The Jews certainly have an advantage in that they’re custodians of God’s Word, so it’s embedded more deeply in their culture, and as a rule they’re much more familiar with it. (Ro 3:1-2) We can certainly learn much from them, and it’s not necessarily wrong to adopt parts of their tradition that aren’t inconsistent with God, but hoping this will bring us closer to God is a mistake: they’ve actually missed God Himself. (Mt 8:12) Supporting them and praying for them as God’s chosen nation (Ro 11:29), we must filter everything they say and do through the lens of Scripture, staying as true to the Word as we can.

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Chambering

There’s an intrinsic wisdom in God’s instruction that’s easy to miss. What may seem like arbitrary, antiquated rules are divine insights that protect us and position us for blessing.

For example, Scripture forbids chambering (Ro 13:13), co-habitation1, sharing the same bed like husband and wife without the formal commitment.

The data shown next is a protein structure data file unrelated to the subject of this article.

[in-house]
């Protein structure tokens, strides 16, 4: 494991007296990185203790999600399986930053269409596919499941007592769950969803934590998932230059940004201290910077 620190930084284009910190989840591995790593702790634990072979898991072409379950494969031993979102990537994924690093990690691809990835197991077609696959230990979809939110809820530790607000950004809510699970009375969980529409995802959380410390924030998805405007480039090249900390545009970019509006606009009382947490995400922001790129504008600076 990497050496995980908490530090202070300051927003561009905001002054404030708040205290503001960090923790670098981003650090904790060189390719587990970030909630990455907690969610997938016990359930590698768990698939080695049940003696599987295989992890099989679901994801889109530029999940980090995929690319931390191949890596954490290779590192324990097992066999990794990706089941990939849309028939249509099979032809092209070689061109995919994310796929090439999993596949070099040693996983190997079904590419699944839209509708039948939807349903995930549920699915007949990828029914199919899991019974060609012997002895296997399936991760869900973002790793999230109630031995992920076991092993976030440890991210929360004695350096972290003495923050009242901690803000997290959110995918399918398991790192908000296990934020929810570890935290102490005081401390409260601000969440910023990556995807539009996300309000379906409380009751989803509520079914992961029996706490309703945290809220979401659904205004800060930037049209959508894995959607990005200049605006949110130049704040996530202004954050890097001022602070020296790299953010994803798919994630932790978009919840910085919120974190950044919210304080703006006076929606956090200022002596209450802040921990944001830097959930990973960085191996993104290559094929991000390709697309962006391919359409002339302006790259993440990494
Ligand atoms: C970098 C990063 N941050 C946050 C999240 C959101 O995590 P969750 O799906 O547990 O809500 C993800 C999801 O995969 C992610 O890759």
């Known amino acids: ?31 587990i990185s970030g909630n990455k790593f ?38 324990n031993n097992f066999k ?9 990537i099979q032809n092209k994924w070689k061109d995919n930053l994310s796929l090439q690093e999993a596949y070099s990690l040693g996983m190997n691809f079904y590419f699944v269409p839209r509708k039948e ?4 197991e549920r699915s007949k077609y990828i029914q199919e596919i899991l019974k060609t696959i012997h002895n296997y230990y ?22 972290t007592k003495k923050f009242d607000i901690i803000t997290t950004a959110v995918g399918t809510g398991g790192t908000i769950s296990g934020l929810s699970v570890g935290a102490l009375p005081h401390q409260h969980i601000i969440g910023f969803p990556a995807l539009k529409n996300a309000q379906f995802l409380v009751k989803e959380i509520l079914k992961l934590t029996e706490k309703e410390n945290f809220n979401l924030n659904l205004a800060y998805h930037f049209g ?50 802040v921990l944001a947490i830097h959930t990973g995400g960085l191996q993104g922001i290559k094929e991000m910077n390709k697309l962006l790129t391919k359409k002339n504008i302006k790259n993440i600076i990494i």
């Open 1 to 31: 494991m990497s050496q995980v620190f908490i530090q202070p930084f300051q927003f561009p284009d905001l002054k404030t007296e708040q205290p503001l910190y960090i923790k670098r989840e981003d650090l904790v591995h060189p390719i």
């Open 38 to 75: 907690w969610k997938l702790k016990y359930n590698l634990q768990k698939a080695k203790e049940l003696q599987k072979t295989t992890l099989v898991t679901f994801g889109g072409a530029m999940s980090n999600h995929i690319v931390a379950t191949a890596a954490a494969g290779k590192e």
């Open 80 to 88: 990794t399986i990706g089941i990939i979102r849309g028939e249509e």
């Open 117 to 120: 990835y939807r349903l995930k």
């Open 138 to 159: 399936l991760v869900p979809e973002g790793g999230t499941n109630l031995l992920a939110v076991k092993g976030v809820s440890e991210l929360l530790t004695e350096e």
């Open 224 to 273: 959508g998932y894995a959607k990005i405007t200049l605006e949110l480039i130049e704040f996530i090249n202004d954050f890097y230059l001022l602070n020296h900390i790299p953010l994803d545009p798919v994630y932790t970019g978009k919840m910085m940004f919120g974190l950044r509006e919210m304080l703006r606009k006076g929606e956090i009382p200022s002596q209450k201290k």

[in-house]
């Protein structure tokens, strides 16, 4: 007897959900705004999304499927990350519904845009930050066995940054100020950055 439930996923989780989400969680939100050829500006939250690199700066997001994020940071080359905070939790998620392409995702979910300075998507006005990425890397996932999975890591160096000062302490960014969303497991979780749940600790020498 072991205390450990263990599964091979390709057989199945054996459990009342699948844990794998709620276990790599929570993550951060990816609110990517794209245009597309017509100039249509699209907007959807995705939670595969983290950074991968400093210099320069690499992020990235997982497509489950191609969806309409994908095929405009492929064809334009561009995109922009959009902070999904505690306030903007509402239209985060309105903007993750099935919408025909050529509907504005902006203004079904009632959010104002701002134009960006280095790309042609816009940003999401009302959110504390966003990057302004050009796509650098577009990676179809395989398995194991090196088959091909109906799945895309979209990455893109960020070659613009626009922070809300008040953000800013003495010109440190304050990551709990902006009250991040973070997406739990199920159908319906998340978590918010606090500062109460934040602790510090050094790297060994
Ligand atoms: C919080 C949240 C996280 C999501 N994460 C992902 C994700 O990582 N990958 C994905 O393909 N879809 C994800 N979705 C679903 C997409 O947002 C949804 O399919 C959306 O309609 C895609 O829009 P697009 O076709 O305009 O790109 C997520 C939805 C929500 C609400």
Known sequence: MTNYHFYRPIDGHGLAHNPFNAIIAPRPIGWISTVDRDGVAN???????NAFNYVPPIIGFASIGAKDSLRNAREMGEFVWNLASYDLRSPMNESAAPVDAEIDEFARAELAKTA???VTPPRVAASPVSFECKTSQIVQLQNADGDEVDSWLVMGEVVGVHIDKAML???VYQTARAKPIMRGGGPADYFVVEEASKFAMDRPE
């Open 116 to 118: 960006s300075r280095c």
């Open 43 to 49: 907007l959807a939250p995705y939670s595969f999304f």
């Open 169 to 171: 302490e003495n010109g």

If anything is selfish, acting like we’re married without getting married is. It’s saying, “I like being with you, but I’m not so sure about you; you’re still on trial. I’m not in for the long haul just yet; I might find something better.” This certainly isn’t love.

We might rationalize and say we’re saving on rent and utilities while we make a trial run, but how is this helpful? Living together can’t show us what a committed relationship’s like because that’s not what we have; we can’t see what that’s like until we’re actually in one.

When we invest deeply without the foundation of trust grounded in a formal marriage commitment, we’re building our house on the sand. (Mt 7:26) We force upon ourselves the unnatural and awkward process of sharing expenses and responsibilities as business partners without a contract, rather than in the permanent, God-ordained synergy and interdependence of marriage.